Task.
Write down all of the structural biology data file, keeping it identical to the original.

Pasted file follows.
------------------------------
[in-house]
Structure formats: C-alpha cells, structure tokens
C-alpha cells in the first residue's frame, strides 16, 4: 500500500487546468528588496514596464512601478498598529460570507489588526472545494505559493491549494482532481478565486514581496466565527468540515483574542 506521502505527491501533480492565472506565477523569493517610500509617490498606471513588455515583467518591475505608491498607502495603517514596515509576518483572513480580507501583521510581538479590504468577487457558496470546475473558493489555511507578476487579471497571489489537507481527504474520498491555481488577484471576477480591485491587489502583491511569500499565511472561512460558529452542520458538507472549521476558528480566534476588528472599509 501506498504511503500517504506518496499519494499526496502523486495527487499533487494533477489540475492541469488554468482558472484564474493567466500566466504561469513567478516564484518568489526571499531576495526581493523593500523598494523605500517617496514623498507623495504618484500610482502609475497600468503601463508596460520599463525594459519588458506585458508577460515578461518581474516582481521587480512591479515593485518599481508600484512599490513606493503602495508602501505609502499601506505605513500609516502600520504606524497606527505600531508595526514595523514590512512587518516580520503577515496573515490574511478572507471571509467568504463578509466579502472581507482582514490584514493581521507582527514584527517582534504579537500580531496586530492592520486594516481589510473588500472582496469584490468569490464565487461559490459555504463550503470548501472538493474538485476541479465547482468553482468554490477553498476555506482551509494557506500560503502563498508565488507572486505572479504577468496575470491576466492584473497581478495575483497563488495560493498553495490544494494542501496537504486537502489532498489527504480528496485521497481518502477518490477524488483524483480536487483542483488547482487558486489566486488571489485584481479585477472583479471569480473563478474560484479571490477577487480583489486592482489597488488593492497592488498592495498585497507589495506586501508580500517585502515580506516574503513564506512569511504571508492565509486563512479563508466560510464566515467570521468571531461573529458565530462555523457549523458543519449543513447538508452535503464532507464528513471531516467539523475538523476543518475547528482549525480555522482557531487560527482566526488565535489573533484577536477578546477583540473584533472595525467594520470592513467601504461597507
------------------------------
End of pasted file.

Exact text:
[in-house]
Structure formats: C-alpha cells, structure tokens
C-alpha cells in the first residue's frame, strides 16, 4: 500500500487546468528588496514596464512601478498598529460570507489588526472545494505559493491549494482532481478565486514581496466565527468540515483574542 506521502505527491501533480492565472506565477523569493517610500509617490498606471513588455515583467518591475505608491498607502495603517514596515509576518483572513480580507501583521510581538479590504468577487457558496470546475473558493489555511507578476487579471497571489489537507481527504474520498491555481488577484471576477480591485491587489502583491511569500499565511472561512460558529452542520458538507472549521476558528480566534476588528472599509 501506498504511503500517504506518496499519494499526496502523486495527487499533487494533477489540475492541469488554468482558472484564474493567466500566466504561469513567478516564484518568489526571499531576495526581493523593500523598494523605500517617496514623498507623495504618484500610482502609475497600468503601463508596460520599463525594459519588458506585458508577460515578461518581474516582481521587480512591479515593485518599481508600484512599490513606493503602495508602501505609502499601506505605513500609516502600520504606524497606527505600531508595526514595523514590512512587518516580520503577515496573515490574511478572507471571509467568504463578509466579502472581507482582514490584514493581521507582527514584527517582534504579537500580531496586530492592520486594516481589510473588500472582496469584490468569490464565487461559490459555504463550503470548501472538493474538485476541479465547482468553482468554490477553498476555506482551509494557506500560503502563498508565488507572486505572479504577468496575470491576466492584473497581478495575483497563488495560493498553495490544494494542501496537504486537502489532498489527504480528496485521497481518502477518490477524488483524483480536487483542483488547482487558486489566486488571489485584481479585477472583479471569480473563478474560484479571490477577487480583489486592482489597488488593492497592488498592495498585497507589495506586501508580500517585502515580506516574503513564506512569511504571508492565509486563512479563508466560510464566515467570521468571531461573529458565530462555523457549523458543519449543513447538508452535503464532507464528513471531516467539523475538523476543518475547528482549525480555522482557531487560527482566526488565535489573533484577536477578546477583540473584533472595525467594520470592513467601504461597507